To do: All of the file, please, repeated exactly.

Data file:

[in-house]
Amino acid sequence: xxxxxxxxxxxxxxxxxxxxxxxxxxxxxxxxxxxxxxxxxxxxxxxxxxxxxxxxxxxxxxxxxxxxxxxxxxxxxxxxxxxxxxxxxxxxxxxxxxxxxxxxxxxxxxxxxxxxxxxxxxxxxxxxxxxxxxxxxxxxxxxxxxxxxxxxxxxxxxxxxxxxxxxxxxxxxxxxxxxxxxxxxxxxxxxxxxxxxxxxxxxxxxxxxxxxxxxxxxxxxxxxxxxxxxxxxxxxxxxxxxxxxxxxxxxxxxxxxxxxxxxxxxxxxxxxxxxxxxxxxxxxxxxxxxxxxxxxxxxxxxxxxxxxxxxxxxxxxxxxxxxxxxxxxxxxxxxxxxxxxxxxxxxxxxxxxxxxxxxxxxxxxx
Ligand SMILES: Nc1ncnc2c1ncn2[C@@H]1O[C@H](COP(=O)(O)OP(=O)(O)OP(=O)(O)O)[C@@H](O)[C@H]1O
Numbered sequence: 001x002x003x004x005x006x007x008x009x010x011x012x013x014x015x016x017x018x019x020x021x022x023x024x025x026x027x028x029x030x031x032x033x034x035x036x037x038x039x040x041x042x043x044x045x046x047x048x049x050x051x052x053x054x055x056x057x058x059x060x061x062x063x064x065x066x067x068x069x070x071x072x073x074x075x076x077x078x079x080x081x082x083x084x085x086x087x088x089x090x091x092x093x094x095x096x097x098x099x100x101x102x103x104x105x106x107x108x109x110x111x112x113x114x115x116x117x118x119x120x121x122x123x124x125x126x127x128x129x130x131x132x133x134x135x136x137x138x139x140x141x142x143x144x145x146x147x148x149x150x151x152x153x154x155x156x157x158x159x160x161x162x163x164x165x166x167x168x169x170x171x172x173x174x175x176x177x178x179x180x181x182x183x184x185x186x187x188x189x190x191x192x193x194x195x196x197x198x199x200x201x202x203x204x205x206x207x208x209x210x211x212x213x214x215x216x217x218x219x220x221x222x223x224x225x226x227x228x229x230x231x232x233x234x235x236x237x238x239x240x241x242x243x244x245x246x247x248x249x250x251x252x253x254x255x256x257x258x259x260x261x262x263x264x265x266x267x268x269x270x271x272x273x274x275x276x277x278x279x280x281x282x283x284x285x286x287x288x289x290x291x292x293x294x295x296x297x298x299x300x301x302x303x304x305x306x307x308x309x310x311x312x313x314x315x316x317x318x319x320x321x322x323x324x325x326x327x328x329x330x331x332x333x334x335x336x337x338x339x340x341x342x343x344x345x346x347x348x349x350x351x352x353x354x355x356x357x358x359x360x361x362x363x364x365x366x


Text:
[in-house]
Amino acid sequence: xxxxxxxxxxxxxxxxxxxxxxxxxxxxxxxxxxxxxxxxxxxxxxxxxxxxxxxxxxxxxxxxxxxxxxxxxxxxxxxxxxxxxxxxxxxxxxxxxxxxxxxxxxxxxxxxxxxxxxxxxxxxxxxxxxxxxxxxxxxxxxxxxxxxxxxxxxxxxxxxxxxxxxxxxxxxxxxxxxxxxxxxxxxxxxxxxxxxxxxxxxxxxxxxxxxxxxxxxxxxxxxxxxxxxxxxxxxxxxxxxxxxxxxxxxxxxxxxxxxxxxxxxxxxxxxxxxxxxxxxxxxxxxxxxxxxxxxxxxxxxxxxxxxxxxxxxxxxxxxxxxxxxxxxxxxxxxxxxxxxxxxxxxxxxxxxxxxxxxxxxxxxxx
Ligand SMILES: Nc1ncnc2c1ncn2[C@@H]1O[C@H](COP(=O)(O)OP(=O)(O)OP(=O)(O)O)[C@@H](O)[C@H]1O
Numbered sequence: 001x002x003x004x005x006x007x008x009x010x011x012x013x014x015x016x017x018x019x020x021x022x023x024x025x026x027x028x029x030x031x032x033x034x035x036x037x038x039x040x041x042x043x044x045x046x047x048x049x050x051x052x053x054x055x056x057x058x059x060x061x062x063x064x065x066x067x068x069x070x071x072x073x074x075x076x077x078x079x080x081x082x083x084x085x086x087x088x089x090x091x092x093x094x095x096x097x098x099x100x101x102x103x104x105x106x107x108x109x110x111x112x113x114x115x116x117x118x119x120x121x122x123x124x125x126x127x128x129x130x131x132x133x134x135x136x137x138x139x140x141x142x143x144x145x146x147x148x149x150x151x152x153x154x155x156x157x158x159x160x161x162x163x164x165x166x167x168x169x170x171x172x173x174x175x176x177x178x179x180x181x182x183x184x185x186x187x188x189x190x191x192x193x194x195x196x197x198x199x200x201x202x203x204x205x206x207x208x209x210x211x212x213x214x215x216x217x218x219x220x221x222x223x224x225x226x227x228x229x230x231x232x233x234x235x236x237x238x239x240x241x242x243x244x245x246x247x248x249x250x251x252x253x254x255x256x257x258x259x260x261x262x263x264x265x266x267x268x269x270x271x272x273x274x275x276x277x278x279x280x281x282x283x284x285x286x287x288x289x290x291x292x293x294x295x296x297x298x299x300x301x302x303x304x305x306x307x308x309x310x311x312x313x314x315x316x317x318x319x320x321x322x323x324x325x326x327x328x329x330x331x332x333x334x335x336x337x338x339x340x341x342x343x344x345x346x347x348x349x350x351x352x353x354x355x356x357x358x359x360x361x362x363x364x365x366x